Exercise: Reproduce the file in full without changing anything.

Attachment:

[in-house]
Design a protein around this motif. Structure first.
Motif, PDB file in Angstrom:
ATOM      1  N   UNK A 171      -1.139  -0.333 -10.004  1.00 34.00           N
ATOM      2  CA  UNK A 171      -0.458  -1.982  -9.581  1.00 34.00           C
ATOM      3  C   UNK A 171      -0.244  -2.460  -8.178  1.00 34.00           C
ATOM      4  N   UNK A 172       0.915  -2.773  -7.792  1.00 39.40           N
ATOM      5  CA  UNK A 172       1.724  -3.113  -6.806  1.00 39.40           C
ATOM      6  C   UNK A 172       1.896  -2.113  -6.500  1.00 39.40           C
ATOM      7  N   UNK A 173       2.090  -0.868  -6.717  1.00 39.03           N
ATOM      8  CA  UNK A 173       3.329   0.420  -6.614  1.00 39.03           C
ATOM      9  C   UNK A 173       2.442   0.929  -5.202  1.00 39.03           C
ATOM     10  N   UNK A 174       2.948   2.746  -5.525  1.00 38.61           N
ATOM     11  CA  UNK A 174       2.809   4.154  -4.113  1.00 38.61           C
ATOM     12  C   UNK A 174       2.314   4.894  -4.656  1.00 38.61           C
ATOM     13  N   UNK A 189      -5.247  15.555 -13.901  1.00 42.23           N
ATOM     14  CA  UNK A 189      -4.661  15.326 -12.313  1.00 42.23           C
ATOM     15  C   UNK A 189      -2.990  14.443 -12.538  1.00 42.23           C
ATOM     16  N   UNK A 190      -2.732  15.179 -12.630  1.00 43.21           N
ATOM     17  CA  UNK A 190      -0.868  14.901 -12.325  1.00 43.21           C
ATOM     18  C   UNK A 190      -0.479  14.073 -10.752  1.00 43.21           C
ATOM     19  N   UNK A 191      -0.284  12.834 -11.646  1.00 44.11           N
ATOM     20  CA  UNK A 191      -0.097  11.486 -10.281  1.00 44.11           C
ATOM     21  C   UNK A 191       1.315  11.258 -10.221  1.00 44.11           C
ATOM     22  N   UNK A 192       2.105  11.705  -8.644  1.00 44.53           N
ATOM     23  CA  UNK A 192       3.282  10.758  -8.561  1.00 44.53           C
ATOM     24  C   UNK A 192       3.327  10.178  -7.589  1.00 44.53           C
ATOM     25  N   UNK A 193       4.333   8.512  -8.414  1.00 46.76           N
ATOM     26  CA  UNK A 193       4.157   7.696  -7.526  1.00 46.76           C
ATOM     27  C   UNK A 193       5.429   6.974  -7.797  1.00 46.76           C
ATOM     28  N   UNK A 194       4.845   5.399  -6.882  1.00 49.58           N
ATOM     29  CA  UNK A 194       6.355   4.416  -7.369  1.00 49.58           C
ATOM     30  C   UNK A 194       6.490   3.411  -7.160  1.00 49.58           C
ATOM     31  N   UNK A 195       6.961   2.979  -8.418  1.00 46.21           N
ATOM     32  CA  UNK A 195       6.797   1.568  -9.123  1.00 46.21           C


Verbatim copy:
[in-house]
Design a protein around this motif. Structure first.
Motif, PDB file in Angstrom:
ATOM      1  N   UNK A 171      -1.139  -0.333 -10.004  1.00 34.00           N
ATOM      2  CA  UNK A 171      -0.458  -1.982  -9.581  1.00 34.00           C
ATOM      3  C   UNK A 171      -0.244  -2.460  -8.178  1.00 34.00           C
ATOM      4  N   UNK A 172       0.915  -2.773  -7.792  1.00 39.40           N
ATOM      5  CA  UNK A 172       1.724  -3.113  -6.806  1.00 39.40           C
ATOM      6  C   UNK A 172       1.896  -2.113  -6.500  1.00 39.40           C
ATOM      7  N   UNK A 173       2.090  -0.868  -6.717  1.00 39.03           N
ATOM      8  CA  UNK A 173       3.329   0.420  -6.614  1.00 39.03           C
ATOM      9  C   UNK A 173       2.442   0.929  -5.202  1.00 39.03           C
ATOM     10  N   UNK A 174       2.948   2.746  -5.525  1.00 38.61           N
ATOM     11  CA  UNK A 174       2.809   4.154  -4.113  1.00 38.61           C
ATOM     12  C   UNK A 174       2.314   4.894  -4.656  1.00 38.61           C
ATOM     13  N   UNK A 189      -5.247  15.555 -13.901  1.00 42.23           N
ATOM     14  CA  UNK A 189      -4.661  15.326 -12.313  1.00 42.23           C
ATOM     15  C   UNK A 189      -2.990  14.443 -12.538  1.00 42.23           C
ATOM     16  N   UNK A 190      -2.732  15.179 -12.630  1.00 43.21           N
ATOM     17  CA  UNK A 190      -0.868  14.901 -12.325  1.00 43.21           C
ATOM     18  C   UNK A 190      -0.479  14.073 -10.752  1.00 43.21           C
ATOM     19  N   UNK A 191      -0.284  12.834 -11.646  1.00 44.11           N
ATOM     20  CA  UNK A 191      -0.097  11.486 -10.281  1.00 44.11           C
ATOM     21  C   UNK A 191       1.315  11.258 -10.221  1.00 44.11           C
ATOM     22  N   UNK A 192       2.105  11.705  -8.644  1.00 44.53           N
ATOM     23  CA  UNK A 192       3.282  10.758  -8.561  1.00 44.53           C
ATOM     24  C   UNK A 192       3.327  10.178  -7.589  1.00 44.53           C
ATOM     25  N   UNK A 193       4.333   8.512  -8.414  1.00 46.76           N
ATOM     26  CA  UNK A 193       4.157   7.696  -7.526  1.00 46.76           C
ATOM     27  C   UNK A 193       5.429   6.974  -7.797  1.00 46.76           C
ATOM     28  N   UNK A 194       4.845   5.399  -6.882  1.00 49.58           N
ATOM     29  CA  UNK A 194       6.355   4.416  -7.369  1.00 49.58           C
ATOM     30  C   UNK A 194       6.490   3.411  -7.160  1.00 49.58           C
ATOM     31  N   UNK A 195       6.961   2.979  -8.418  1.00 46.21           N
ATOM     32  CA  UNK A 195       6.797   1.568  -9.123  1.00 46.21           C